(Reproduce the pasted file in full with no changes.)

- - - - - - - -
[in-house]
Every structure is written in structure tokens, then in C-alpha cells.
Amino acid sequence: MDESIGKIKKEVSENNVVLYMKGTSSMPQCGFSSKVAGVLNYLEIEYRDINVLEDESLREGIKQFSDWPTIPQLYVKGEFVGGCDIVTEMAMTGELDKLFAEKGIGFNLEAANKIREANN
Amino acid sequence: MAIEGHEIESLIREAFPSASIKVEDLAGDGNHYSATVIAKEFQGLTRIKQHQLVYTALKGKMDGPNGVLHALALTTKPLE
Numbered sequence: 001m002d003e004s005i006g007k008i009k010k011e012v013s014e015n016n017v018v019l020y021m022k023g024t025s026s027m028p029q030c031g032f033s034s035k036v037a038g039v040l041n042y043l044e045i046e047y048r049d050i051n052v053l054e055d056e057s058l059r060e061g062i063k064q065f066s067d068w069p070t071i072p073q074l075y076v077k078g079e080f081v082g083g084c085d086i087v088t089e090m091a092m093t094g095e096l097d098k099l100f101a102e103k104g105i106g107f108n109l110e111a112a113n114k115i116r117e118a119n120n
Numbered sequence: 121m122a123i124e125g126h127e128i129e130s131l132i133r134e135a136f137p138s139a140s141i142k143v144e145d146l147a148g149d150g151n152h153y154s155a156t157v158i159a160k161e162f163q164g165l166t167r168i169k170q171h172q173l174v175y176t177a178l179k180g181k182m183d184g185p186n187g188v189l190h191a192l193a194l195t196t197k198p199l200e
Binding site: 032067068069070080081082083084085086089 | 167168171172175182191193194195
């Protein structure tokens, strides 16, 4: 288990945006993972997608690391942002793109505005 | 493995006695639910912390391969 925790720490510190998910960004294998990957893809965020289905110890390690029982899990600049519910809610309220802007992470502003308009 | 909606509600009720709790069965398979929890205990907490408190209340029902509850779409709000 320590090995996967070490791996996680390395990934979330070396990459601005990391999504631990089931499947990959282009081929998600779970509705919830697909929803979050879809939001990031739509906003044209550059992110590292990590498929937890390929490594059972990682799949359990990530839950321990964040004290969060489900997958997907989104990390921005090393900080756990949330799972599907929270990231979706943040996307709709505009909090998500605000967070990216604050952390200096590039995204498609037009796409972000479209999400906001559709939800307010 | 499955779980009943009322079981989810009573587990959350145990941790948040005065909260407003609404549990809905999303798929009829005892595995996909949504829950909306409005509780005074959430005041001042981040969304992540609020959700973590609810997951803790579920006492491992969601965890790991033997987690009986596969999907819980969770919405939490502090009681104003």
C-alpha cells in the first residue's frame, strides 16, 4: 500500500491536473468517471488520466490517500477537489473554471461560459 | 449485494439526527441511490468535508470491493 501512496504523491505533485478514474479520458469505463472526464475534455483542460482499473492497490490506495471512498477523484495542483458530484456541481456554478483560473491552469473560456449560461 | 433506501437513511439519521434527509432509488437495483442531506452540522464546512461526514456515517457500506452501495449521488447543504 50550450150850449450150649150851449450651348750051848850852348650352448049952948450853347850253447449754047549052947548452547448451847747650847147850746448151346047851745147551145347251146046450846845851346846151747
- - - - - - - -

[in-house]
Every structure is written in structure tokens, then in C-alpha cells.
Amino acid sequence: MDESIGKIKKEVSENNVVLYMKGTSSMPQCGFSSKVAGVLNYLEIEYRDINVLEDESLREGIKQFSDWPTIPQLYVKGEFVGGCDIVTEMAMTGELDKLFAEKGIGFNLEAANKIREANN
Amino acid sequence: MAIEGHEIESLIREAFPSASIKVEDLAGDGNHYSATVIAKEFQGLTRIKQHQLVYTALKGKMDGPNGVLHALALTTKPLE
Numbered sequence: 001m002d003e004s005i006g007k008i009k010k011e012v013s014e015n016n017v018v019l020y021m022k023g024t025s026s027m028p029q030c031g032f033s034s035k036v037a038g039v040l041n042y043l044e045i046e047y048r049d050i051n052v053l054e055d056e057s058l059r060e061g062i063k064q065f066s067d068w069p070t071i072p073q074l075y076v077k078g079e080f081v082g083g084c085d086i087v088t089e090m091a092m093t094g095e096l097d098k099l100f101a102e103k104g105i106g107f108n109l110e111a112a113n114k115i116r117e118a119n120n
Numbered sequence: 121m122a123i124e125g126h127e128i129e130s131l132i133r134e135a136f137p138s139a140s141i142k143v144e145d146l147a148g149d150g151n152h153y154s155a156t157v158i159a160k161e162f163q164g165l166t167r168i169k170q171h172q173l174v175y176t177a178l179k180g181k182m183d184g185p186n187g188v189l190h191a192l193a194l195t196t197k198p199l200e
Binding site: 032067068069070080081082083084085086089 | 167168171172175182191193194195
């Protein structure tokens, strides 16, 4: 288990945006993972997608690391942002793109505005 | 493995006695639910912390391969 925790720490510190998910960004294998990957893809965020289905110890390690029982899990600049519910809610309220802007992470502003308009 | 909606509600009720709790069965398979929890205990907490408190209340029902509850779409709000 320590090995996967070490791996996680390395990934979330070396990459601005990391999504631990089931499947990959282009081929998600779970509705919830697909929803979050879809939001990031739509906003044209550059992110590292990590498929937890390929490594059972990682799949359990990530839950321990964040004290969060489900997958997907989104990390921005090393900080756990949330799972599907929270990231979706943040996307709709505009909090998500605000967070990216604050952390200096590039995204498609037009796409972000479209999400906001559709939800307010 | 499955779980009943009322079981989810009573587990959350145990941790948040005065909260407003609404549990809905999303798929009829005892595995996909949504829950909306409005509780005074959430005041001042981040969304992540609020959700973590609810997951803790579920006492491992969601965890790991033997987690009986596969999907819980969770919405939490502090009681104003």
C-alpha cells in the first residue's frame, strides 16, 4: 500500500491536473468517471488520466490517500477537489473554471461560459 | 449485494439526527441511490468535508470491493 501512496504523491505533485478514474479520458469505463472526464475534455483542460482499473492497490490506495471512498477523484495542483458530484456541481456554478483560473491552469473560456449560461 | 433506501437513511439519521434527509432509488437495483442531506452540522464546512461526514456515517457500506452501495449521488447543504 50550450150850449450150649150851449450651348750051848850852348650352448049952948450853347850253447449754047549052947548452547448451847747650847147850746448151346047851745147551145347251146046450846845851346846151747